Like the insurgent groups, Afghanistan's criminal patronage networks have their vulnerabilities. Senior figures in the networks rely on access to the international financial system and their ability to travel outside of Afghanistan, so as to invest their criminal proceeds abroad. This means that the United States and its partners can invoke the 2011 U.S. National Strategy to Combat Transnational Organized Crime (TOC) -- employing an "integrated approach that incorporates financial, weapons, and TOC-related corruption investigations into a comprehensive attack on [an] entire criminal network" -- to apply targeted sanctions, impose travel restrictions, and pursue asset seizure and recovery efforts. Such efforts would begin to stem Afghanistan's culture of impunity and would deter the further theft and abuse of U.S. assistance to the country.

The stakes are high. Without proper planning, even with concerted effort between now and 2014, when the United States is set to turn responsibility for security over to the Afghan government, it is easy to imagine Afghanistan devolving into what Secretary of State Hillary Clinton referred to in 2009 as a "narco-state," a country in which the writ of the central government is so limited that convergent transnational criminal and terrorist groups can take root and operate with few constraints.

To prevent such dire developments, the United States and its partners should pursue a post-2014 military strategy and posture that integrates U.S., Afghan, and international programs for law enforcement, counternarcotics, and counterterrorism. There are a number of successful models Washington could follow. The first is the U.S. Military Group in Colombia, which has trained, advised, and assisted Bogota's special operations forces in quelling the drug-fueled insurgent violence that hobbled Colombia's politics, corroded its judiciary, and terrorized its population for decades. The second is Joint Interagency Task Force-South in Key West, Florida, which brings together representatives from across the U.S. military, nine U.S. civilian agencies, and eleven countries to disrupt the flow of narcotics throughout Latin America and the Caribbean. Similar initiatives could help contain the transnational threats emanating from Afghanistan and elsewhere in South Asia.

Washington and Kabul are already making the right first steps. The U.S.-Afghan Strategic Partnership Agreement (SPA), which was signed in early May, notes that "the production, trafficking, and consumption of illicit narcotics poses a major threat to ensuring security and the formation of a licit Afghan economy, as well as to regional security and a healthy world." In response, the SPA calls for the United States and Afghanistan to "enhance information and intelligence sharing to counter common threats, including terrorism, narcotics trafficking, organized crime, and money laundering." The document offers an implicit acknowledgment of these problems' fundamental interconnectedness.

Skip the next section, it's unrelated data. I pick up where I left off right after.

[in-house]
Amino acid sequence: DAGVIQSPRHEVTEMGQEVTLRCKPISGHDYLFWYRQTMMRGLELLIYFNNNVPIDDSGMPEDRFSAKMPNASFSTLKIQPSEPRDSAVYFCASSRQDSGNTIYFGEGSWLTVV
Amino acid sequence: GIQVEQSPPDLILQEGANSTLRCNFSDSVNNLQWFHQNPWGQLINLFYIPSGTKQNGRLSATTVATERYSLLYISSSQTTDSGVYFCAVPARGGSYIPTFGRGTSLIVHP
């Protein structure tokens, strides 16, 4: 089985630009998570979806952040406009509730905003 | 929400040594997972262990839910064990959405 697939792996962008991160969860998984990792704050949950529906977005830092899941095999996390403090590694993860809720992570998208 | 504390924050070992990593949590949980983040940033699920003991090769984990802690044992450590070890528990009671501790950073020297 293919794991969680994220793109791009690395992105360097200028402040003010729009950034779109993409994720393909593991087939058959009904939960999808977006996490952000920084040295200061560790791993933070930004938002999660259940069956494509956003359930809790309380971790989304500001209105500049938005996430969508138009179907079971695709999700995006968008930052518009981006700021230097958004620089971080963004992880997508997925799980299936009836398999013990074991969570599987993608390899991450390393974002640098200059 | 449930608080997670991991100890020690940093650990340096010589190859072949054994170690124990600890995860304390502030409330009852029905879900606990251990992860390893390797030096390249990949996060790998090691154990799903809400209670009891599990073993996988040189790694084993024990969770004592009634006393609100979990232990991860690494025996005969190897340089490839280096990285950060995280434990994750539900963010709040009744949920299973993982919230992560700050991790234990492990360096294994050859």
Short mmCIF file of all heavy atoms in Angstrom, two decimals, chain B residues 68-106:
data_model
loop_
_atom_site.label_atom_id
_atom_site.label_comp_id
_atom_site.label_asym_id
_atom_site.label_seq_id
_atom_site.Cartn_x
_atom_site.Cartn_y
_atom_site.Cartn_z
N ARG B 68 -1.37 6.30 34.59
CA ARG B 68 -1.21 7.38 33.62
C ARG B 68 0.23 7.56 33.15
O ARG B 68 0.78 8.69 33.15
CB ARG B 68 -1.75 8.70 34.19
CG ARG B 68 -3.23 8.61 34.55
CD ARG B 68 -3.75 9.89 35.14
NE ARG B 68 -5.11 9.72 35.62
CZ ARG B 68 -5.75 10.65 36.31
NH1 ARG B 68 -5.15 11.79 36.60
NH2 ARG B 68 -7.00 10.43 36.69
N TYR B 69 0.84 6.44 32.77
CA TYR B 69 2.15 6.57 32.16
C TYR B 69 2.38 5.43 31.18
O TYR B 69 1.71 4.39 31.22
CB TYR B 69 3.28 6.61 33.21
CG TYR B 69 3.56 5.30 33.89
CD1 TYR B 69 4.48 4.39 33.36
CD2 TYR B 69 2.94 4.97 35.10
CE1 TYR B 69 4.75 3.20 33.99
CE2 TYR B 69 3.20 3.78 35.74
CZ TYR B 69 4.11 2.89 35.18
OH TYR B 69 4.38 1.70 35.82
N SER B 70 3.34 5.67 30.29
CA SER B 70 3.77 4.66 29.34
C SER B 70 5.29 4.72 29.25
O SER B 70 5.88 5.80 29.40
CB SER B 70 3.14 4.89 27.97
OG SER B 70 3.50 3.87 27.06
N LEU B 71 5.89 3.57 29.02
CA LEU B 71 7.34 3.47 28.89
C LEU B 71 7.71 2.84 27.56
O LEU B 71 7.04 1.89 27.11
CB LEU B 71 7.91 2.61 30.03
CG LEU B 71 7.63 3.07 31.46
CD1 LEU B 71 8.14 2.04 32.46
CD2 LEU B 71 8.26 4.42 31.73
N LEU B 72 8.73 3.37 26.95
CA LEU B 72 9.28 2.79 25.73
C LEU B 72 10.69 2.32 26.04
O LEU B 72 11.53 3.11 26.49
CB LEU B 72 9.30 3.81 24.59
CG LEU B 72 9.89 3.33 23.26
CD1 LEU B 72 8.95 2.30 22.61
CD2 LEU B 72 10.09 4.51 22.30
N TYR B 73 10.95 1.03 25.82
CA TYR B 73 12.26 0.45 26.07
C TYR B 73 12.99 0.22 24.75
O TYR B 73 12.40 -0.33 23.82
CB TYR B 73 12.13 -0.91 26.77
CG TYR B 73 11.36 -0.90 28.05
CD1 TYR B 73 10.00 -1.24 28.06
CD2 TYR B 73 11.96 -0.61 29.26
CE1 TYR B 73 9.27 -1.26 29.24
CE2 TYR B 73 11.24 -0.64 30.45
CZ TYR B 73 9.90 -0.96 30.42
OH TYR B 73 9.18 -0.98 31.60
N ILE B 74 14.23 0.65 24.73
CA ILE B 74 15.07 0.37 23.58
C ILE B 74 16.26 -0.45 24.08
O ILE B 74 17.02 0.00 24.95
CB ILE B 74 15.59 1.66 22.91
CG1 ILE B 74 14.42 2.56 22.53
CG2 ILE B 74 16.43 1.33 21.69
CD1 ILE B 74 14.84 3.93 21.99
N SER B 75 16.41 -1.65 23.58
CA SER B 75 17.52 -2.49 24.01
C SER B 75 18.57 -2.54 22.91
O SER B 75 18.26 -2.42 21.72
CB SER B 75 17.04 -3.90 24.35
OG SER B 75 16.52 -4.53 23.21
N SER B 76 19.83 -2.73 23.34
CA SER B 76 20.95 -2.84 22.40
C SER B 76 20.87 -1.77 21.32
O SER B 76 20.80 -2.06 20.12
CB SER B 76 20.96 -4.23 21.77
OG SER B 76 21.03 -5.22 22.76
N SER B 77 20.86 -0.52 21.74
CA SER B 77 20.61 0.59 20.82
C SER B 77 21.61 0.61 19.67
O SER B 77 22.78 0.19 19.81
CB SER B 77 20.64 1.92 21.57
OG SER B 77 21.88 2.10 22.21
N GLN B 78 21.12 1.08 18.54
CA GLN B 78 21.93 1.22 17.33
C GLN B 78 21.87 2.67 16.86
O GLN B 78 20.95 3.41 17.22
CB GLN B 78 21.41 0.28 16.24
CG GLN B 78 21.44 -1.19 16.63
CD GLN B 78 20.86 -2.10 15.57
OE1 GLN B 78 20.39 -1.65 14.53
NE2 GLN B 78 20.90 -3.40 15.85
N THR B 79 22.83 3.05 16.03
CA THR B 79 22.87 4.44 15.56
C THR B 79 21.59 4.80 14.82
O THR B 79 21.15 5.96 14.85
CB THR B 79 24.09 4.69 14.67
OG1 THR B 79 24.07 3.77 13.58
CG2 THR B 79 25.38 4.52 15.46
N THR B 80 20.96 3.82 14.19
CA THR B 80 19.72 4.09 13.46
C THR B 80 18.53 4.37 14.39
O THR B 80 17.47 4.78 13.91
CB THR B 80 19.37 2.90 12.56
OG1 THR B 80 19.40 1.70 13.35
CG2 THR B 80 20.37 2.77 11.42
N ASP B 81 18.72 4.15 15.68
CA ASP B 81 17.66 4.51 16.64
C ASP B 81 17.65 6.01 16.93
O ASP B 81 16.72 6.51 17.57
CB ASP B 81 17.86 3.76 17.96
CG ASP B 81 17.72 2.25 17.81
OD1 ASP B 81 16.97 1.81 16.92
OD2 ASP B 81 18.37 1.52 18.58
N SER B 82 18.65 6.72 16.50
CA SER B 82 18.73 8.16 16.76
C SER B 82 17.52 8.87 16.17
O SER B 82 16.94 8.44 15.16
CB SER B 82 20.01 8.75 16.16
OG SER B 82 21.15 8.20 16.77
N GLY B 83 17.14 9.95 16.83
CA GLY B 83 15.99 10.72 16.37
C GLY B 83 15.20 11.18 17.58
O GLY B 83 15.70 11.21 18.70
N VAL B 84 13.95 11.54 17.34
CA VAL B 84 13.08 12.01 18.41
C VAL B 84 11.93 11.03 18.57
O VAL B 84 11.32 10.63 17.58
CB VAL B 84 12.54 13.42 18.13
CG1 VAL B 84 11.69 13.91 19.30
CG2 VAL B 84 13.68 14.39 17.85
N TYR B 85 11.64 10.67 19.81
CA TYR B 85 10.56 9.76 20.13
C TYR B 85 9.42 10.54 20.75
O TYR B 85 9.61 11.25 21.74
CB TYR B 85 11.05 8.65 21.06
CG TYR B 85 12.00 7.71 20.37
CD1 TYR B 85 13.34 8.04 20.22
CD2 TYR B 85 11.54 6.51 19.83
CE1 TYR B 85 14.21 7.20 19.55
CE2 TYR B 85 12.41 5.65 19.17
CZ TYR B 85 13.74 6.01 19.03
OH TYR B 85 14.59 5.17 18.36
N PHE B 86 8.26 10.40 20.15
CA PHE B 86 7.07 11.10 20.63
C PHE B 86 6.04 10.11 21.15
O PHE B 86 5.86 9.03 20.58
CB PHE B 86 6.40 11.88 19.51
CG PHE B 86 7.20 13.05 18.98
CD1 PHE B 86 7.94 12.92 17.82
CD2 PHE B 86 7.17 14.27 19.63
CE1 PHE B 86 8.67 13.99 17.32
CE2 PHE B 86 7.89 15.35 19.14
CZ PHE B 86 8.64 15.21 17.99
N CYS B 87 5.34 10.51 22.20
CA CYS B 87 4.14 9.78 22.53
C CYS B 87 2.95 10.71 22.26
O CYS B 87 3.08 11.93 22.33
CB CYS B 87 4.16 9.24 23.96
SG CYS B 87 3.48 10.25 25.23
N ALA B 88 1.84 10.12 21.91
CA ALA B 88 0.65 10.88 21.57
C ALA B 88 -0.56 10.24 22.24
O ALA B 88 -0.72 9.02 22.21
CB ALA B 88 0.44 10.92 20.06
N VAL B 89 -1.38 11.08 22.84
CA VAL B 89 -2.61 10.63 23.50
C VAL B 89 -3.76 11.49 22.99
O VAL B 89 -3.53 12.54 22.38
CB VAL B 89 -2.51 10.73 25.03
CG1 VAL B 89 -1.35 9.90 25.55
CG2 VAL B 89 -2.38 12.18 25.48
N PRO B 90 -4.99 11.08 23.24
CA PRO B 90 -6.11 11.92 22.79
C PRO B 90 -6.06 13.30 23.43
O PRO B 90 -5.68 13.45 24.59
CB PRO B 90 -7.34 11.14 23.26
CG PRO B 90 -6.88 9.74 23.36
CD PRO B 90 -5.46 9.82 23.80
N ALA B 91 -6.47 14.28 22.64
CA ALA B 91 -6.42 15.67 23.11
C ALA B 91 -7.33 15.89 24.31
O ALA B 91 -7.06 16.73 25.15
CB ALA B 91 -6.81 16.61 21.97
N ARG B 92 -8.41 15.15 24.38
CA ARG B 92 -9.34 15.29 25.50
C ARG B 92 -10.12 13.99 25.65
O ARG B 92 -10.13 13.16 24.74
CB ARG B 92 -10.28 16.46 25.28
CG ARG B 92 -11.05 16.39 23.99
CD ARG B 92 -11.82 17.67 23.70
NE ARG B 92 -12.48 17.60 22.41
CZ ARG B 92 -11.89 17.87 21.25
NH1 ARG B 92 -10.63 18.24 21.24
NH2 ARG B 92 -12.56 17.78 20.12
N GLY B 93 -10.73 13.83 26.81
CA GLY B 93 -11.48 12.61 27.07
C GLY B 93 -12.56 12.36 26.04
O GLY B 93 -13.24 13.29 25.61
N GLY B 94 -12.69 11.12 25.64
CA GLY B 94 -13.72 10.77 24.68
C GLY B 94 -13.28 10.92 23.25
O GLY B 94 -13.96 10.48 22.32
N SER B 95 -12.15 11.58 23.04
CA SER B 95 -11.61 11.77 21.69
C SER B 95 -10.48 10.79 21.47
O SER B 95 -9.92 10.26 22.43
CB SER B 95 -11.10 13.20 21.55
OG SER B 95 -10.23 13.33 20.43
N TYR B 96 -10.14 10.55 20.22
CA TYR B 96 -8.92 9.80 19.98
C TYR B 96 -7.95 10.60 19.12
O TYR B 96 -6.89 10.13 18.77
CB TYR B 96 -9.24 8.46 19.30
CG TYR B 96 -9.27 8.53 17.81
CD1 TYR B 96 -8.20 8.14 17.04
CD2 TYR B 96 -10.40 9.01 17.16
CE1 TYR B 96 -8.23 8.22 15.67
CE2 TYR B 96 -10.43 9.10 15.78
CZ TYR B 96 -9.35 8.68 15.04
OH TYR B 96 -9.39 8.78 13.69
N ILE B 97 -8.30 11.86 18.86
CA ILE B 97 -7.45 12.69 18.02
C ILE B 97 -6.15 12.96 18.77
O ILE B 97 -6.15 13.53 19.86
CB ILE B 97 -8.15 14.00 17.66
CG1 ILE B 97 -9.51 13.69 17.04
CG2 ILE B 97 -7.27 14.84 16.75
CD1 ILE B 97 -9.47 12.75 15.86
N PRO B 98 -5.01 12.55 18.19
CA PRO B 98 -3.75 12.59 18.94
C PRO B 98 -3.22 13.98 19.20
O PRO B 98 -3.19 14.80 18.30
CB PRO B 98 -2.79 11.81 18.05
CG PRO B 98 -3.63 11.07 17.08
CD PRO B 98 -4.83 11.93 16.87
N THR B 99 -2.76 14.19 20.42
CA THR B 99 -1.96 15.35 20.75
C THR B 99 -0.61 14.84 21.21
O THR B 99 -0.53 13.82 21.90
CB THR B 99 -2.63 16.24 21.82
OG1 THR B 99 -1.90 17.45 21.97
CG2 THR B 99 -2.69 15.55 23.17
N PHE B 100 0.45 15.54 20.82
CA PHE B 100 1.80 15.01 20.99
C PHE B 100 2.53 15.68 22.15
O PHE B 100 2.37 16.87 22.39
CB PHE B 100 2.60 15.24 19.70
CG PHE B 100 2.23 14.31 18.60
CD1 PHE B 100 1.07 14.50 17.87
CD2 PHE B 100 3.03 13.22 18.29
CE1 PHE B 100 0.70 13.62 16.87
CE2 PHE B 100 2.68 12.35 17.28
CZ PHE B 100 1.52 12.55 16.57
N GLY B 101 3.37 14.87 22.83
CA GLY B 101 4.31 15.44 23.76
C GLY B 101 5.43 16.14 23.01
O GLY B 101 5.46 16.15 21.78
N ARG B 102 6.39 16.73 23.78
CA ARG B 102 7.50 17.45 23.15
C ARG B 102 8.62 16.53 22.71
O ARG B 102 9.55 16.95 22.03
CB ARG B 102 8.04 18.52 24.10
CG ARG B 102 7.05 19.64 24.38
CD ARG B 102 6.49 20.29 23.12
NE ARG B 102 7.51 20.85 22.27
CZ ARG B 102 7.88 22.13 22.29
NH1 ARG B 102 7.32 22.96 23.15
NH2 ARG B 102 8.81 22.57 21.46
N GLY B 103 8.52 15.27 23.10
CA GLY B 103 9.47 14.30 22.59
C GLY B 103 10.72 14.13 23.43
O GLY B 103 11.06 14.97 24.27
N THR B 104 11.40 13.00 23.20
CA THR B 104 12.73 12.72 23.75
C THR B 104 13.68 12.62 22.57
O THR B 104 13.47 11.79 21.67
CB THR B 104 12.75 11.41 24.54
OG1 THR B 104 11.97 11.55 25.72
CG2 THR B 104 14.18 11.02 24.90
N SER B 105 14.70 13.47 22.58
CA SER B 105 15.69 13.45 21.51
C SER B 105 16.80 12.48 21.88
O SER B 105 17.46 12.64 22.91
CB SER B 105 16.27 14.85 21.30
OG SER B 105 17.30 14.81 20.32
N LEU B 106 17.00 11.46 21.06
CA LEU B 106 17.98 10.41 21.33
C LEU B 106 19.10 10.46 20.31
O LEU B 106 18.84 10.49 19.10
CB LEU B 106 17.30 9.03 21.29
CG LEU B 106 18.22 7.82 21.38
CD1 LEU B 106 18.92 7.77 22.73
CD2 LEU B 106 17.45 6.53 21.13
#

Encouragingly, the agreement also commits Afghanistan and the United States to "fight decisively against all forms of corruption" in the years beyond 2014. Yet as similar efforts to date have made clear, success depends upon Afghan leaders' political will for action.

Indeed, the problems of corruption and organized crime are linked to the political settlement in Afghanistan -- that is, the balance of power among competing national elites -- and will thus demand sustained international diplomatic engagement in the years ahead. The 2014 Afghan presidential elections will thus be an important opportunity to galvanize Afghanistan's fractious ethnic constituencies around unifying principles -- security, territorial integrity, and the rule of law -- while encouraging current and emerging leaders to contend decisively with the many threats facing the country. It is worth recalling that the slow reversal of Colombia's long struggle with terrorism, insurgency, and the narcotics trade was the product, in part, of the leadership of President Alvaro Uribe. He recognized the importance of mobilizing and harnessing popular sentiment against terrorists and traffickers (and has advocated similar solutions for Afghanistan).

For the United States and its coalition partners, the first step must be an acknowledgement of the degree to which the erosion of the rule of law -- and the lack of political will necessary to enforce it -- fuels instability in Afghanistan. Only then will the United States and its partners be able to assemble the tools and develop the strategies necessary to prevail in the current conflict and set conditions for enduring peace and security throughout the region.

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  • TIM SULLIVAN served on ISAF’s countercorruption task force from January 2011 to May 2012. The views expressed here are his own.